Critical constitutional analysis by the CRU
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‘An unprecedented, extensive and unconventional relationship between a High Court judge and a governor-general during a constitutional crisis’? Really? Such was the claim made in The Australian on 28 August. Much hyperbole has been generated by the recent revelations concerning Sir Anthony Mason’s involvement in the 1975 dismissal, but for the most part it shows ignorance of the past.
It is rare for the world to be watching when the High Court of Australia makes a decision. But so it was yesterday with British American Tobacco Australasia Limited & Ors v Commonwealth, the so-called ‘plain packaging’ case. The case concerned a challenge by several multinational cigarette companies (aka ‘Big Tobacco’) to the federal Tobacco Plain Packaging Act 2011, due to come into effect in December this year.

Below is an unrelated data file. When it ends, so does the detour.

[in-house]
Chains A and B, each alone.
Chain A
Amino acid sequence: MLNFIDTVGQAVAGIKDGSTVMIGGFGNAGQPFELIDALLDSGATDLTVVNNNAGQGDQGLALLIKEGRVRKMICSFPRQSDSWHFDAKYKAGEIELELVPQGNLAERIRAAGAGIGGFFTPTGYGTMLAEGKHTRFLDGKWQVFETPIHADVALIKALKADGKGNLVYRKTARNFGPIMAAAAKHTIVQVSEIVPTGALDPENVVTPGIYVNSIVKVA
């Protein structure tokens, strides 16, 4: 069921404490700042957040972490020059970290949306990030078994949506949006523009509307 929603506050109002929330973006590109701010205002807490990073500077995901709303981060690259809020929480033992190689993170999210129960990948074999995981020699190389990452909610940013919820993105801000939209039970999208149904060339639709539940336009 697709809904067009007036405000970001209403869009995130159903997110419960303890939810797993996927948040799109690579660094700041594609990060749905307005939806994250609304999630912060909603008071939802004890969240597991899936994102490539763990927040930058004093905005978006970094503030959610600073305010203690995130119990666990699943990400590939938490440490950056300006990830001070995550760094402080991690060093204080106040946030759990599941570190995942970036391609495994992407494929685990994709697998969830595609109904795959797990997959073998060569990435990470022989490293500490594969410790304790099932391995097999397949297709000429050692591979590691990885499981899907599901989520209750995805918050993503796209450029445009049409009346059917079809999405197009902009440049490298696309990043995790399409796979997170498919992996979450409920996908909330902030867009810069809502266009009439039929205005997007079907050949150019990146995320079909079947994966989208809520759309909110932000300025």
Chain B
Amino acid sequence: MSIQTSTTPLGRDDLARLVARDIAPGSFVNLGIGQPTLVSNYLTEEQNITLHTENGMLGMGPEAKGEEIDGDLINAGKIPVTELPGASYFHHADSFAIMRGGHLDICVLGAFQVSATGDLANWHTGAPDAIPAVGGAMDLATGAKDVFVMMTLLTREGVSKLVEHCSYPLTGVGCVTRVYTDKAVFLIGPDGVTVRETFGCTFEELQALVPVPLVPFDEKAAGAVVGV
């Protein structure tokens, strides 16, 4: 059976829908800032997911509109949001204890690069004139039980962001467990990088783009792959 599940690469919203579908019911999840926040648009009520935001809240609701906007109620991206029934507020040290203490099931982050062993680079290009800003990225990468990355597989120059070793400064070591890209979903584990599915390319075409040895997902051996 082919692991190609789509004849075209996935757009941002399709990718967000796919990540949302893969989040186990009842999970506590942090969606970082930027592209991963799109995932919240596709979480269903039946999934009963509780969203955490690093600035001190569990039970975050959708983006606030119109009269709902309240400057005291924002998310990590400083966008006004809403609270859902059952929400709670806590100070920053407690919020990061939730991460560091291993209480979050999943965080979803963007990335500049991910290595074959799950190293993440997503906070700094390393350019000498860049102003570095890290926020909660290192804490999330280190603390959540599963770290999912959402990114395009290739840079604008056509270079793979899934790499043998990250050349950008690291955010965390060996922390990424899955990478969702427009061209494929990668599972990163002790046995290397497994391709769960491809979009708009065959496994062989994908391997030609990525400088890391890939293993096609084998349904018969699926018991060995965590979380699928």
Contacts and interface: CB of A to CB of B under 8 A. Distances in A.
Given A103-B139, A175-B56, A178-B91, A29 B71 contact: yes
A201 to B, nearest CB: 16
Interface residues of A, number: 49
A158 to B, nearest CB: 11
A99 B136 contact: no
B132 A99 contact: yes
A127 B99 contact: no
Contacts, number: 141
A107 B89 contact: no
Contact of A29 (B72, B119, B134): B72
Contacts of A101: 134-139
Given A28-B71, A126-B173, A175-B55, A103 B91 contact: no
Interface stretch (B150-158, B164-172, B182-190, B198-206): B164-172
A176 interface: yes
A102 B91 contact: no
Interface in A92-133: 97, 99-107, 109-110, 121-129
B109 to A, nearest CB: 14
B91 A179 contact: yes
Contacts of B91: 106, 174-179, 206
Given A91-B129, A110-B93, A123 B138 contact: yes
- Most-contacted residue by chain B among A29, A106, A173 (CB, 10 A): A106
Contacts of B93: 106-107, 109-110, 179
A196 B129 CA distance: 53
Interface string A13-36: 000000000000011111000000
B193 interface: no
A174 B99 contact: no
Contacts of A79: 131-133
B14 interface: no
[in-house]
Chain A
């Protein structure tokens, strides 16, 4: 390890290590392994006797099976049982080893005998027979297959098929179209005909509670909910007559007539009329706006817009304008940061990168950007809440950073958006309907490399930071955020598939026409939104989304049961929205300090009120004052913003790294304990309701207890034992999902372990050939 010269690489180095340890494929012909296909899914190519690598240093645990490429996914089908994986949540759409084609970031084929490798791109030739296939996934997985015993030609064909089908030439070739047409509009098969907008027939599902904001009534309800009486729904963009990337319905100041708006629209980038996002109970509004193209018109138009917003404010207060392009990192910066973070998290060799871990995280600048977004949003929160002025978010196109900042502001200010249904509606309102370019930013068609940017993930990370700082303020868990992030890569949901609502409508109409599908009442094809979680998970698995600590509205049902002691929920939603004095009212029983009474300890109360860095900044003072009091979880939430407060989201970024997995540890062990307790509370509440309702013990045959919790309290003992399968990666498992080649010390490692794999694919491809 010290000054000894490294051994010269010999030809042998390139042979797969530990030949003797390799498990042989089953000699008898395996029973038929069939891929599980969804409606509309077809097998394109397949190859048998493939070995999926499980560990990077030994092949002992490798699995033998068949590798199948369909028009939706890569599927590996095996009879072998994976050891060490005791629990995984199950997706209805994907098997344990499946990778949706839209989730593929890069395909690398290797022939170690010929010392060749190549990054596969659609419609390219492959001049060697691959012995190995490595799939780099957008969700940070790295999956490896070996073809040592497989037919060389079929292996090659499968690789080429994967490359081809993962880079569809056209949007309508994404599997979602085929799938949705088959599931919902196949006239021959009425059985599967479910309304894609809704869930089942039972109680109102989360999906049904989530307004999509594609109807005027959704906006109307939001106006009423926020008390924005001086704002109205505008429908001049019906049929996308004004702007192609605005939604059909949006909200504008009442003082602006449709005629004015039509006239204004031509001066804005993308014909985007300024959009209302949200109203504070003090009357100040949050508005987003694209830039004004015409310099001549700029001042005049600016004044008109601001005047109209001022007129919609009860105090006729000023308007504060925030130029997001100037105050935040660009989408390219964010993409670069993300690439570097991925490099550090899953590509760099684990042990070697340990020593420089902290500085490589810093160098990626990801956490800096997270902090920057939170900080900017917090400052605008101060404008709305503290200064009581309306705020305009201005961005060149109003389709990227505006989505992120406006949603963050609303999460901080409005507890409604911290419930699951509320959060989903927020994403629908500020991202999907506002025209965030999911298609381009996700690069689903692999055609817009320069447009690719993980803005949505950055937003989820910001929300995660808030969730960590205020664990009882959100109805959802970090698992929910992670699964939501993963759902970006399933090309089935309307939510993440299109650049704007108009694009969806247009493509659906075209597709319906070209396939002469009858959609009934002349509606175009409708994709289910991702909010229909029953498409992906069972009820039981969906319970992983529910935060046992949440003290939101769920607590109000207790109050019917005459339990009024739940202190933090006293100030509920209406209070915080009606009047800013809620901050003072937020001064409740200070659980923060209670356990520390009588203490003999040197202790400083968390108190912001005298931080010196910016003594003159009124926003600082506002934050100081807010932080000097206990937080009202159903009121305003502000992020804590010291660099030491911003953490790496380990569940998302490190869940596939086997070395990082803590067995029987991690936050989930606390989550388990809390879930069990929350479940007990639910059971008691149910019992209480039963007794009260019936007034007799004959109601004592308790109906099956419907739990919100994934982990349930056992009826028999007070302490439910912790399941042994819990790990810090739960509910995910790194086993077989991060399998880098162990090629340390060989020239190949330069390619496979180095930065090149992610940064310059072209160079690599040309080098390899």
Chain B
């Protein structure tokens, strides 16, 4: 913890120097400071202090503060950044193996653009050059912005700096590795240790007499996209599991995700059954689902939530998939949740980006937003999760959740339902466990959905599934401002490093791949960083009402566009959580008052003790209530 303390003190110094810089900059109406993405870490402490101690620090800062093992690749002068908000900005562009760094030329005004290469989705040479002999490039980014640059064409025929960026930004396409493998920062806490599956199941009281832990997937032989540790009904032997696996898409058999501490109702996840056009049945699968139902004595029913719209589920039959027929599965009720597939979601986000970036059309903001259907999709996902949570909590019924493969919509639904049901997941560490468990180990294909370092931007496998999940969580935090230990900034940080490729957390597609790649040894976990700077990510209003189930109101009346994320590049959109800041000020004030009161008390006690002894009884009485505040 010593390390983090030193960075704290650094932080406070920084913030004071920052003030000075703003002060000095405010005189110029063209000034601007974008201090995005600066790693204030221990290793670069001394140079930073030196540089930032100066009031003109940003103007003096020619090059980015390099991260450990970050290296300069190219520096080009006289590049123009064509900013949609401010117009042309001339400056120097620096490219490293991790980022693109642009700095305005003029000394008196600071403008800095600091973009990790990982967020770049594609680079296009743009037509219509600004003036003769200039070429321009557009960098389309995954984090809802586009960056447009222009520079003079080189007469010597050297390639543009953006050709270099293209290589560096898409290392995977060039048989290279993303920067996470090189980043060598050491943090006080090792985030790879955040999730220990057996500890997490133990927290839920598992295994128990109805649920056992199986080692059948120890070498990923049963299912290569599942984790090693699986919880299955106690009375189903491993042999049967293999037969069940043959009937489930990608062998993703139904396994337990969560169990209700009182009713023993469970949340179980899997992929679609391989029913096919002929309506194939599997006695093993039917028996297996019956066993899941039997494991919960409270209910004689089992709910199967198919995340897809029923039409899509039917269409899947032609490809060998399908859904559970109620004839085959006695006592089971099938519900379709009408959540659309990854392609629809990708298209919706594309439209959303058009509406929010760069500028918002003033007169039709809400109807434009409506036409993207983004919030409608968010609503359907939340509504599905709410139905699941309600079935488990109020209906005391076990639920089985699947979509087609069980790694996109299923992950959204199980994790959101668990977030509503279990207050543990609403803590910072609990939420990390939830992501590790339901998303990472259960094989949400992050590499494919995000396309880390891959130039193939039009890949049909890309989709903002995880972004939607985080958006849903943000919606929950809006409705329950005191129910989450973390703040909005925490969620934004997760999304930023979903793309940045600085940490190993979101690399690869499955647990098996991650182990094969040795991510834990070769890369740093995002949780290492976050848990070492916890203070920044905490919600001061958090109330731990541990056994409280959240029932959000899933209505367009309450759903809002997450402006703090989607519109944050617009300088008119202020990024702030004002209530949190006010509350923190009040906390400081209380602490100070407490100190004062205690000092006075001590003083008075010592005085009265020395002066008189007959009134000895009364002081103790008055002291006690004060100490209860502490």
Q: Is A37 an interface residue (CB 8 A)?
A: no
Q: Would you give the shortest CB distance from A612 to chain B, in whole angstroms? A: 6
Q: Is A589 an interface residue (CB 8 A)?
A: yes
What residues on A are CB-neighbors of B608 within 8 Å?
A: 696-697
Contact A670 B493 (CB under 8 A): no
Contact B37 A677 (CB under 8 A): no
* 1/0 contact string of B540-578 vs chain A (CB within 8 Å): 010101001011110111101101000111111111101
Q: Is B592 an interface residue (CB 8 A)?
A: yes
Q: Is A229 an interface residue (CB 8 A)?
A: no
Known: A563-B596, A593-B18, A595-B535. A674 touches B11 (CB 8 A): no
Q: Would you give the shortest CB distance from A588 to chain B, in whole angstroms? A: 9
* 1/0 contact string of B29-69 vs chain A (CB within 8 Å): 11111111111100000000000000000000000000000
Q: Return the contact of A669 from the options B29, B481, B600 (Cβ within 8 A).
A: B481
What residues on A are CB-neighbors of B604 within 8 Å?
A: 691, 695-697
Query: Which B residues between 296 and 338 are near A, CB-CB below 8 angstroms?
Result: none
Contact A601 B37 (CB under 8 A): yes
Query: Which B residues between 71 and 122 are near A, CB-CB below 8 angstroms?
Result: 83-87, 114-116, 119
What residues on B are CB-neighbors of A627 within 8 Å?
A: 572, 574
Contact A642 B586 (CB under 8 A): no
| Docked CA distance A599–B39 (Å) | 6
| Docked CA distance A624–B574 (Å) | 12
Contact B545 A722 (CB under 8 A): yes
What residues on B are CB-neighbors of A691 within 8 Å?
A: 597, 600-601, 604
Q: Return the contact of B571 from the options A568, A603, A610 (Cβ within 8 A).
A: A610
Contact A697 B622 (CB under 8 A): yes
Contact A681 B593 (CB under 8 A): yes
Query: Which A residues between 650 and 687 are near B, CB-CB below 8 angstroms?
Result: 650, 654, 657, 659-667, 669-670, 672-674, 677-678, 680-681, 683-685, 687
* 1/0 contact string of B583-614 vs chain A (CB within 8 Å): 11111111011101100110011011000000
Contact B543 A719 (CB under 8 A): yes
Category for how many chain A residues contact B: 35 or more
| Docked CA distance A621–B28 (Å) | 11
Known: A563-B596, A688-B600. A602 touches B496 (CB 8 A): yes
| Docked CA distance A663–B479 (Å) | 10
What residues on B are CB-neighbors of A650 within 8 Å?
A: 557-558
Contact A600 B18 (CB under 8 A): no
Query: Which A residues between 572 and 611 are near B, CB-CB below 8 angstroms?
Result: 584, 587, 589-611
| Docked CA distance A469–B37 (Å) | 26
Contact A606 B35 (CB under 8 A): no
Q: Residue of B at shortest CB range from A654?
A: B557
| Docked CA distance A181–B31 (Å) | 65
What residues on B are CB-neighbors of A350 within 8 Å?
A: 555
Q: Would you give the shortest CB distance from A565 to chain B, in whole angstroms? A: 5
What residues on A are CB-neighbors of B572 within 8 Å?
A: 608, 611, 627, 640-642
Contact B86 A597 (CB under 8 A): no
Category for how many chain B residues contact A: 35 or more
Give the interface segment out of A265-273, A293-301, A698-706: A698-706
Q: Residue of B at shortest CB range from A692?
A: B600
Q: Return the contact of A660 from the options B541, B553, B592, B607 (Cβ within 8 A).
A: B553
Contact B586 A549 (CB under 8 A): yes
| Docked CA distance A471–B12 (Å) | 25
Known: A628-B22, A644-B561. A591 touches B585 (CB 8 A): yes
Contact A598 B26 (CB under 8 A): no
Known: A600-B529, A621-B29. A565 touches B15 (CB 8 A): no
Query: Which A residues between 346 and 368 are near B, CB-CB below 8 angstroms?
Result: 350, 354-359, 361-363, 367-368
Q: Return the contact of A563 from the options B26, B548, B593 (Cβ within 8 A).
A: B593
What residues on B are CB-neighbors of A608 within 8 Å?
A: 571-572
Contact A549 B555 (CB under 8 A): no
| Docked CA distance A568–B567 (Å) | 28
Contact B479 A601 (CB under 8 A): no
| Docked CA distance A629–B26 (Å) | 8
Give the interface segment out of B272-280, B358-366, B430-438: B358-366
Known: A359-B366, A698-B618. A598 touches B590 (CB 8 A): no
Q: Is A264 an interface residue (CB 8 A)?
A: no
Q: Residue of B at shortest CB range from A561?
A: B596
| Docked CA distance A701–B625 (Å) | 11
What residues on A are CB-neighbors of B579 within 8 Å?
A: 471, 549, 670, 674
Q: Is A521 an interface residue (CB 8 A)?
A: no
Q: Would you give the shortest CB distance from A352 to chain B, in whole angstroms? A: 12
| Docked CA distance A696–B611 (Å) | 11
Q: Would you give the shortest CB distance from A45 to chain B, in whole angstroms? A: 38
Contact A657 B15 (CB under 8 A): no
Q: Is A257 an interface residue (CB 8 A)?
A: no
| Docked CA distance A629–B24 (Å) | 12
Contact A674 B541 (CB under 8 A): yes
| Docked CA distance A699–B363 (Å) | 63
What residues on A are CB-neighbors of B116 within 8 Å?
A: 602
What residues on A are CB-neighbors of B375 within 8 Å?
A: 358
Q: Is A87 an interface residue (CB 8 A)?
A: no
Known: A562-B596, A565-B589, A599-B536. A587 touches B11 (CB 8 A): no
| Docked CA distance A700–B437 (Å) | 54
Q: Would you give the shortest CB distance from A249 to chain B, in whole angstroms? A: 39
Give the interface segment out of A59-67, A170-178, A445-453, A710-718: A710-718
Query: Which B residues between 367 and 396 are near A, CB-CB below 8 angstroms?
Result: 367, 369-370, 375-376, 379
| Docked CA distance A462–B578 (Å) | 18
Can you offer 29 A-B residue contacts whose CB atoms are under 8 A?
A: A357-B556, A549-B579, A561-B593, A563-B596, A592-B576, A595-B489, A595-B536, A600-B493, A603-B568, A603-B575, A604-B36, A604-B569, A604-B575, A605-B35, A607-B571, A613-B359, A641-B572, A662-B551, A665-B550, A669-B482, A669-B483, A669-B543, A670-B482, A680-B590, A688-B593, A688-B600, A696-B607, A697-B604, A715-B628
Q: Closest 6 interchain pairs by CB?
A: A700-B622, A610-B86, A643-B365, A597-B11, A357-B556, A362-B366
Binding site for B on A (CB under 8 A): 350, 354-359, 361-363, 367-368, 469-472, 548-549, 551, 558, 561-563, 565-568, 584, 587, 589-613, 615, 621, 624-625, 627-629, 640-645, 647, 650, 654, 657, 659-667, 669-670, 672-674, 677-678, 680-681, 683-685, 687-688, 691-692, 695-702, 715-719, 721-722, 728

Prayers in Parliament and the Constitution

08 August 2012 | Luke Beck
From time to time there are calls for Parliament to stop opening its proceedings with prayers. Equally, there are those who support the practice. For example, former prime minister, John Howard once said that to get rid of parliamentary prayers would be to ‘abandon our Judeo-Christian heritage’.

The validity of same-sex marriage in Tasmania

05 August 2012 | Anne Twomey

Does the Tasmanian Parliament have the power to pass a law permitting same-sex marriage? The short answer is ‘Yes’. But the more difficult question is whether that law will be effective or whether it will be inoperative because it is inconsistent with a Commonwealth law.
CRU Associate, Amanda Sapienza, writes as follows about the Commonwealth’s legislative response to the Williams case:
A court decides that government activity is invalid because it is inconsistent with representative government. The government’s response to the decision is carried out in a way that marginalises the operation of representative government. Ironic?

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